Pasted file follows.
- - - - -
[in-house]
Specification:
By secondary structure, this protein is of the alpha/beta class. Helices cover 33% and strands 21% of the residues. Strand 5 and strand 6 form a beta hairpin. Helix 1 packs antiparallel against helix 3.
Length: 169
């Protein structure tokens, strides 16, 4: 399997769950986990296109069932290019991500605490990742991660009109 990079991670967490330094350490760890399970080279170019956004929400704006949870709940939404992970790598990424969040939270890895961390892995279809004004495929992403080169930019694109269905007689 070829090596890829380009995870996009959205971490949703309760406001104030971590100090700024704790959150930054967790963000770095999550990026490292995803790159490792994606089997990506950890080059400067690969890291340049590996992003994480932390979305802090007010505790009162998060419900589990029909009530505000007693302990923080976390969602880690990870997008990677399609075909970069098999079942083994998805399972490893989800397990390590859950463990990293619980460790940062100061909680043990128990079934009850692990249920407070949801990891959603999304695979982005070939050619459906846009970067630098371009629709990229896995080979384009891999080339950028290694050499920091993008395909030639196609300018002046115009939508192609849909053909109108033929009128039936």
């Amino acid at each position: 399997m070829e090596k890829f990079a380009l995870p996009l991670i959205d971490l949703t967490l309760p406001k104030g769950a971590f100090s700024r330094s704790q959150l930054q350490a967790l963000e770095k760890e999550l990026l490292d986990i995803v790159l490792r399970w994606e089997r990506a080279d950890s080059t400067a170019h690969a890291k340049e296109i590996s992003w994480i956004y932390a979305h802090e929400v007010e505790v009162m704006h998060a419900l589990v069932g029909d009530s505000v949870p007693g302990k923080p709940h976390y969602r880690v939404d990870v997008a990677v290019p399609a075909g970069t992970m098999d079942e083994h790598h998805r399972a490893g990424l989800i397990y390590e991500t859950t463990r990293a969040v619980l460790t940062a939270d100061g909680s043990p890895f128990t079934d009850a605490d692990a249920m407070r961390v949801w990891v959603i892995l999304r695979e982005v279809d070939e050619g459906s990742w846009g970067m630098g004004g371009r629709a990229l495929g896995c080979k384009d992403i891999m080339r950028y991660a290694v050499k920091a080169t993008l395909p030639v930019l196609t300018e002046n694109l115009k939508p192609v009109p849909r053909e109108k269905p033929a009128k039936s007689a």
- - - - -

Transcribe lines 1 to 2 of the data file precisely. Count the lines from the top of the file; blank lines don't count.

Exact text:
[in-house]
Specification: